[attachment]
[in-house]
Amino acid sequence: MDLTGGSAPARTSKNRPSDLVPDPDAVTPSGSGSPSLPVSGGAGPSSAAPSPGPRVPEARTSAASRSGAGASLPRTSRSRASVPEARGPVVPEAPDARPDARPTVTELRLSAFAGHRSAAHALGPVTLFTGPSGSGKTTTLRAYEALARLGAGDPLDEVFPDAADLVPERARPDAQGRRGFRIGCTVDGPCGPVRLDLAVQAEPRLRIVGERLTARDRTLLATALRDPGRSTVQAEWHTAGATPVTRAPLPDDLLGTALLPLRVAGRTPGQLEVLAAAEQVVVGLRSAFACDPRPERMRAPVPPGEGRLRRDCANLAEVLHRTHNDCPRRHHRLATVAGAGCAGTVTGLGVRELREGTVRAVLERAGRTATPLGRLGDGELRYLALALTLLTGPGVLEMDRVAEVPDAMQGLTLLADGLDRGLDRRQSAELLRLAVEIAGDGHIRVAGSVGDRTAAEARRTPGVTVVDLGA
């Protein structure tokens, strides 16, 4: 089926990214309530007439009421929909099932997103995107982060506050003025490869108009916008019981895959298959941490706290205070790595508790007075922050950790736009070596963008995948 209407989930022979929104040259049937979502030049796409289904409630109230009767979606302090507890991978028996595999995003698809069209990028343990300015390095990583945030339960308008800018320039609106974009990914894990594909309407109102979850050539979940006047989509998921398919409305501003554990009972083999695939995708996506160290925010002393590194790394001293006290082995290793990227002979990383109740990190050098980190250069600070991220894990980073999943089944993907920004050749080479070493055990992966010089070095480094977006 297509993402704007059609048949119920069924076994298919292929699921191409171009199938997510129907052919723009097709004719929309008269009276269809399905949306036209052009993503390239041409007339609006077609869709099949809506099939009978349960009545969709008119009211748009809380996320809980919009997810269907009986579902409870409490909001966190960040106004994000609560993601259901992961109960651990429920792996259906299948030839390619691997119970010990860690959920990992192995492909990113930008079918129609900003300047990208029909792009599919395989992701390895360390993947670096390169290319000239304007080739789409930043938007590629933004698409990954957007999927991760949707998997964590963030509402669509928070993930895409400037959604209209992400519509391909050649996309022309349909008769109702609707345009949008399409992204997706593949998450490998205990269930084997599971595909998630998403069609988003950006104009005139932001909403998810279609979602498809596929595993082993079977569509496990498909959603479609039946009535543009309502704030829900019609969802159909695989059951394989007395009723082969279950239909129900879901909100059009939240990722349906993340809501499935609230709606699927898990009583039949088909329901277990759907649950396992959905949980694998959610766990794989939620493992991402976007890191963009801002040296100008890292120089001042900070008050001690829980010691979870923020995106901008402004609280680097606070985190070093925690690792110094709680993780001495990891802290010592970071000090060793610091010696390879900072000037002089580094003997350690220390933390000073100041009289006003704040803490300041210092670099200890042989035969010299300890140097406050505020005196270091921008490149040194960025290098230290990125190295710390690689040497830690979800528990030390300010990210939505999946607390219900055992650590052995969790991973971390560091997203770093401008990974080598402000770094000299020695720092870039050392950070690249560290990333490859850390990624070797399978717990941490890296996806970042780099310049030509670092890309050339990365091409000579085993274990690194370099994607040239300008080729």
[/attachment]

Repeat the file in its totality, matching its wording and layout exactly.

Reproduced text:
[in-house]
Amino acid sequence: MDLTGGSAPARTSKNRPSDLVPDPDAVTPSGSGSPSLPVSGGAGPSSAAPSPGPRVPEARTSAASRSGAGASLPRTSRSRASVPEARGPVVPEAPDARPDARPTVTELRLSAFAGHRSAAHALGPVTLFTGPSGSGKTTTLRAYEALARLGAGDPLDEVFPDAADLVPERARPDAQGRRGFRIGCTVDGPCGPVRLDLAVQAEPRLRIVGERLTARDRTLLATALRDPGRSTVQAEWHTAGATPVTRAPLPDDLLGTALLPLRVAGRTPGQLEVLAAAEQVVVGLRSAFACDPRPERMRAPVPPGEGRLRRDCANLAEVLHRTHNDCPRRHHRLATVAGAGCAGTVTGLGVRELREGTVRAVLERAGRTATPLGRLGDGELRYLALALTLLTGPGVLEMDRVAEVPDAMQGLTLLADGLDRGLDRRQSAELLRLAVEIAGDGHIRVAGSVGDRTAAEARRTPGVTVVDLGA
């Protein structure tokens, strides 16, 4: 089926990214309530007439009421929909099932997103995107982060506050003025490869108009916008019981895959298959941490706290205070790595508790007075922050950790736009070596963008995948 209407989930022979929104040259049937979502030049796409289904409630109230009767979606302090507890991978028996595999995003698809069209990028343990300015390095990583945030339960308008800018320039609106974009990914894990594909309407109102979850050539979940006047989509998921398919409305501003554990009972083999695939995708996506160290925010002393590194790394001293006290082995290793990227002979990383109740990190050098980190250069600070991220894990980073999943089944993907920004050749080479070493055990992966010089070095480094977006 297509993402704007059609048949119920069924076994298919292929699921191409171009199938997510129907052919723009097709004719929309008269009276269809399905949306036209052009993503390239041409007339609006077609869709099949809506099939009978349960009545969709008119009211748009809380996320809980919009997810269907009986579902409870409490909001966190960040106004994000609560993601259901992961109960651990429920792996259906299948030839390619691997119970010990860690959920990992192995492909990113930008079918129609900003300047990208029909792009599919395989992701390895360390993947670096390169290319000239304007080739789409930043938007590629933004698409990954957007999927991760949707998997964590963030509402669509928070993930895409400037959604209209992400519509391909050649996309022309349909008769109702609707345009949008399409992204997706593949998450490998205990269930084997599971595909998630998403069609988003950006104009005139932001909403998810279609979602498809596929595993082993079977569509496990498909959603479609039946009535543009309502704030829900019609969802159909695989059951394989007395009723082969279950239909129900879901909100059009939240990722349906993340809501499935609230709606699927898990009583039949088909329901277990759907649950396992959905949980694998959610766990794989939620493992991402976007890191963009801002040296100008890292120089001042900070008050001690829980010691979870923020995106901008402004609280680097606070985190070093925690690792110094709680993780001495990891802290010592970071000090060793610091010696390879900072000037002089580094003997350690220390933390000073100041009289006003704040803490300041210092670099200890042989035969010299300890140097406050505020005196270091921008490149040194960025290098230290990125190295710390690689040497830690979800528990030390300010990210939505999946607390219900055992650590052995969790991973971390560091997203770093401008990974080598402000770094000299020695720092870039050392950070690249560290990333490859850390990624070797399978717990941490890296996806970042780099310049030509670092890309050339990365091409000579085993274990690194370099994607040239300008080729």